Loading ...
Sorry, an error occurred while loading the content.
 

BLOODY HILL by William Riley Brooksher

Expand Messages
  • carlw4514@yahoo.com
    Just finished this book, which is not just about the battle of Wilson s Creek, but covers the events in Missouri prior to the battle as well. I would highly
    Message 1 of 7 , Aug 30, 2001
      Just finished this book, which is not just about the battle of
      Wilson's Creek, but covers the events in Missouri prior to the battle
      as well. I would highly recommend it to anyone.
      Some things I hadn't realized: 1) the Secesh troops outnumbered
      the Federals nearly 2 to 1 in the battle, yet in many ways it was a
      draw (the Union forces withdrew, however, an act which puts it in the
      defeat column for the Yanks). Why the Rebs could not turn their
      numbers advantage to greater effect seemed to be due to several
      factors: they were not as well armed or drilled, their leaders were
      feuding, the Union achieved a surprise attack, and the Union fairly
      early on broke off the attack successfully after Lyon was killed (the
      battle started around 8 AM and ended before noon). 2) Much of the
      source of the feuding between McCulloch, commanding bonified
      Confederate troops, and Price, commanding his state militia, came from
      the fact that McCulloch was not sure he was authorized to be in
      Missouri under the circumstances and kept threatening to leave. This
      also seemed to influence the lack of pursuit of the retreating
      Federals, which infuriated Price. Why was McCulloch so uncertain?
      well, in the background, Jeff Davis rears his ugly head yet again. It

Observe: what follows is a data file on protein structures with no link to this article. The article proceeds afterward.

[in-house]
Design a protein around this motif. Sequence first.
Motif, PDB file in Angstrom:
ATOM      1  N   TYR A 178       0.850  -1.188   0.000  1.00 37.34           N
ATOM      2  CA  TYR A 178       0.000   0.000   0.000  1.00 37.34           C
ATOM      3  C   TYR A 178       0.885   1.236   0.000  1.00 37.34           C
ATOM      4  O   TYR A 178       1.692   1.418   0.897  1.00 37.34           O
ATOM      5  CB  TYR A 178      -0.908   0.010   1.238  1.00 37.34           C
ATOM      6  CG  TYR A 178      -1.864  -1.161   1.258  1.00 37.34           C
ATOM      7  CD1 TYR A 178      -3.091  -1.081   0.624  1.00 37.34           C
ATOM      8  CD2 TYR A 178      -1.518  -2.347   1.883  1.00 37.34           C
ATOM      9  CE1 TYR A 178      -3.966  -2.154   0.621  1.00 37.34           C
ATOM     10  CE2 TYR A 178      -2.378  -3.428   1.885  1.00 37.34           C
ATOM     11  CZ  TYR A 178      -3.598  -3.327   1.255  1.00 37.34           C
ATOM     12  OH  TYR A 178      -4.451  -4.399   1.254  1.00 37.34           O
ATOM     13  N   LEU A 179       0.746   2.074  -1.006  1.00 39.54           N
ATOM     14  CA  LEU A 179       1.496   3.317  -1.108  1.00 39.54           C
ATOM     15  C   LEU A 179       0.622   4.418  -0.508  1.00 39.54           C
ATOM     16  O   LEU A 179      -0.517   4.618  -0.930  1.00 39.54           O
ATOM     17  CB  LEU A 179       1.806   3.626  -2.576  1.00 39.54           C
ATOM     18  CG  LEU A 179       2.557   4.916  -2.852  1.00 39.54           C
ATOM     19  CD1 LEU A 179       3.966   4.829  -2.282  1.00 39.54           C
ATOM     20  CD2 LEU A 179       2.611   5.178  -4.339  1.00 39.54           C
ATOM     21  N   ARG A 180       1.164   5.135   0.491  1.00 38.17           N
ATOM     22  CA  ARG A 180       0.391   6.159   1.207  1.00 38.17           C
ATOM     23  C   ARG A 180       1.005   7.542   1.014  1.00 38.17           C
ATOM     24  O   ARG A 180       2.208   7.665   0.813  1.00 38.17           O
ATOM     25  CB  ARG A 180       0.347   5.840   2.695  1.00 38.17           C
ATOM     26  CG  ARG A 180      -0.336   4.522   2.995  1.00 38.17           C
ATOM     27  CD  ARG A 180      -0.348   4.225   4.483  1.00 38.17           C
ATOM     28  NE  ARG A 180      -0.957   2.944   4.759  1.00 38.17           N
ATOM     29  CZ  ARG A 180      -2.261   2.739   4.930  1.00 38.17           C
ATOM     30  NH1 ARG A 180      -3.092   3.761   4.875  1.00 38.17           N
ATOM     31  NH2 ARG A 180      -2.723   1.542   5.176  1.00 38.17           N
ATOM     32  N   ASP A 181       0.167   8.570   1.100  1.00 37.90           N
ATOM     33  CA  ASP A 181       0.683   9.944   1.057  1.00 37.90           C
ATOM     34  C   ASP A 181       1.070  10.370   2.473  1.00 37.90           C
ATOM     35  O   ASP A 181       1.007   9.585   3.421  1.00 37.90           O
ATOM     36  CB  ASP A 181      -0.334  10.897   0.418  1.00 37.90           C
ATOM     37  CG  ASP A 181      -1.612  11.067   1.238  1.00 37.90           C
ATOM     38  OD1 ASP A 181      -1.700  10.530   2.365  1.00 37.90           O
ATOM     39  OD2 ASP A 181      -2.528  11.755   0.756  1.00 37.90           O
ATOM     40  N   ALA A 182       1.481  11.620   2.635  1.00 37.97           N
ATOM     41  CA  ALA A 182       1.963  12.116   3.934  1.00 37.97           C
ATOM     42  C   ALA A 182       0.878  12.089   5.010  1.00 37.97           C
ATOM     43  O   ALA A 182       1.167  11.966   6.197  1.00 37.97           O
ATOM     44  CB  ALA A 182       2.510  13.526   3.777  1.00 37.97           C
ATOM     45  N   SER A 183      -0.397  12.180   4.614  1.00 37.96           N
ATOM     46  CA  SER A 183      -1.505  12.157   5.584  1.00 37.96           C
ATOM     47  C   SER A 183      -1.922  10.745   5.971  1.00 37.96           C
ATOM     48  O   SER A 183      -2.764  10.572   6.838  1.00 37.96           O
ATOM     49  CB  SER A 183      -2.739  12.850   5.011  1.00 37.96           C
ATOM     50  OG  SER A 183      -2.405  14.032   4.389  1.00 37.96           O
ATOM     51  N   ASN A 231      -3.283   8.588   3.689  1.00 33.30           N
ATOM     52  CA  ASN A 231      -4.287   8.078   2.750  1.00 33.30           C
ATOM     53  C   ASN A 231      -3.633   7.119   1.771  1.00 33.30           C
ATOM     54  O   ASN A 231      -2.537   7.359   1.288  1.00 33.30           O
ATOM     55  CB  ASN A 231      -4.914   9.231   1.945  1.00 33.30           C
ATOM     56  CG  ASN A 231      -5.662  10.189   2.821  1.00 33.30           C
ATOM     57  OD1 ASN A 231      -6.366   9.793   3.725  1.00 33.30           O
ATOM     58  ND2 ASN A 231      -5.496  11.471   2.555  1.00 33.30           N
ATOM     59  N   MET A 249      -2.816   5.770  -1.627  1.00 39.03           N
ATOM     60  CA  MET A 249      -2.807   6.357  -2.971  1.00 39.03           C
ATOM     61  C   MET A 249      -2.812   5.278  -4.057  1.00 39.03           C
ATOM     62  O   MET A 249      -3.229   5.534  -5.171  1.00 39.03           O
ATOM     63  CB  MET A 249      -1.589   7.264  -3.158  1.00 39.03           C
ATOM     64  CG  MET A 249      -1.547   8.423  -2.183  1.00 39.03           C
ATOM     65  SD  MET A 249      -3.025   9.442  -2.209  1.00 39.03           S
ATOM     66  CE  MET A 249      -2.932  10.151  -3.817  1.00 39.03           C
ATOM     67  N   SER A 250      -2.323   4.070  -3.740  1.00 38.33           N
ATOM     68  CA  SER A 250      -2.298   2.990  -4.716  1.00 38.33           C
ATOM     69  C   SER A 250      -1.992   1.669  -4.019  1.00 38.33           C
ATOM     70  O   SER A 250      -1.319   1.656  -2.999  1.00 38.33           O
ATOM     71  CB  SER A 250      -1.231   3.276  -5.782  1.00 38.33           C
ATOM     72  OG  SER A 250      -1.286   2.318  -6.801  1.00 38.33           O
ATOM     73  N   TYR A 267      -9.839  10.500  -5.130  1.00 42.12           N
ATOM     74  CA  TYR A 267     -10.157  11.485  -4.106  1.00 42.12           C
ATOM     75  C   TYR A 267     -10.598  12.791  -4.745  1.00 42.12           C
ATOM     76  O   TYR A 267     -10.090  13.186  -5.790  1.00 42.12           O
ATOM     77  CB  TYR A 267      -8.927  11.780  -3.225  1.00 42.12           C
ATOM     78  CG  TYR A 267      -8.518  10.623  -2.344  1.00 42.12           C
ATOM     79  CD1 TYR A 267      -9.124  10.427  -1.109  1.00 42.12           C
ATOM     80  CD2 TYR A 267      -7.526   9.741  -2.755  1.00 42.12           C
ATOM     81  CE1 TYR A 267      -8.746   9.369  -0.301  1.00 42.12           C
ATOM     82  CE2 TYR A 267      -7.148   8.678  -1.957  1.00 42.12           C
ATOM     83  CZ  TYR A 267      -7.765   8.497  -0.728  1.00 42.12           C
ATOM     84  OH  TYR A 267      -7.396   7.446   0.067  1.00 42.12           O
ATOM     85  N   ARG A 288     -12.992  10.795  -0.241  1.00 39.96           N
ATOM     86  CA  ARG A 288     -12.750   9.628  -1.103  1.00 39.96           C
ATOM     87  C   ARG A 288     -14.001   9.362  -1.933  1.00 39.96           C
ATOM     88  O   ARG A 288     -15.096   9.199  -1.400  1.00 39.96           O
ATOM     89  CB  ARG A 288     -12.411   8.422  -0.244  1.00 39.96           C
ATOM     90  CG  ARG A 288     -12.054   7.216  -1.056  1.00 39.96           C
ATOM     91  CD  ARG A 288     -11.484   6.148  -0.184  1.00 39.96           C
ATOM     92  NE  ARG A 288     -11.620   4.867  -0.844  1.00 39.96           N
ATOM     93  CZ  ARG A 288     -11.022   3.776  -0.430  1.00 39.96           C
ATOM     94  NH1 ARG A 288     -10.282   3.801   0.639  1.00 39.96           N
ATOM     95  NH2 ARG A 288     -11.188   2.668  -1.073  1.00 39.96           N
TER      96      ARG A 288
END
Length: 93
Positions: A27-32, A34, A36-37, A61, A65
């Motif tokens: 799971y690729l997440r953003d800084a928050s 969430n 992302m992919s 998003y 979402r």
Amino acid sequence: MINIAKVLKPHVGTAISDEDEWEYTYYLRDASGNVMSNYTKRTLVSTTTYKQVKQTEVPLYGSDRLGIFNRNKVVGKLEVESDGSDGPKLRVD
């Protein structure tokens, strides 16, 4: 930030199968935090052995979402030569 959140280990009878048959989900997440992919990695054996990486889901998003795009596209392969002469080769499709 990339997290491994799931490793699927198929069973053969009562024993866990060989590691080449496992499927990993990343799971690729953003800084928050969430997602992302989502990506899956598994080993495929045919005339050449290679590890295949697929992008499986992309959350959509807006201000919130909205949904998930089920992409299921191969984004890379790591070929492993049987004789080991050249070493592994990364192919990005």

seems that Davis was not sure he wanted the Missourians anymore. He
      courted them in the early going, but when the Governor, Jackson, made
      statements about wanting to stay neutral, which were received by Lyon
      and Blair and anyone else with a brain as the insincere maneuverings
      of a closet Secessionist, Davis, the damn fool, got his feelings
      hurt. He refused any more support for Jackson or Price, who soon, as
      events unfolded, were begging the Confederacy for arms, and Davis told
      McCulloch to stay out of Missouri unless Union actions were overly
      threatening.
      The more I read about Jeff Davis, the more I wonder why he
      survived with any reputation whatsoever. I really think the guy got a
      free ride in the History books they had us reading in school. This may
      actually come from respect for the man after the war, as his admirable
      traits seemed to kick in once he was thrown into a Federal prison.
      The post-prison man also seemed to catch the admiration of many, and I
      really wonder if these two things now obscure his dismal war record.
      Carl
    • hartshje@aol.com
      ... Carl, In the several versions I have read about Wilson s Creek, the Rebs recover from their surprise, get their act together, force Lyon s men back, Lyon
      Message 2 of 7 , Aug 31, 2001
        --- In civilwarwest@y..., carlw4514@y... wrote:
        > Just finished this book, which is not just about the battle of
        > Wilson's Creek, but covers the events in Missouri prior to the
        > battle as well. I would highly recommend it to anyone.
        > Some things I hadn't realized: 1) the Secesh troops outnumbered
        > the Federals nearly 2 to 1 in the battle, yet in many ways it was a
        > draw (the Union forces withdrew, however, an act which puts it in
        > the defeat column for the Yanks). Why the Rebs could not turn
        > their numbers advantage to greater effect seemed to be due to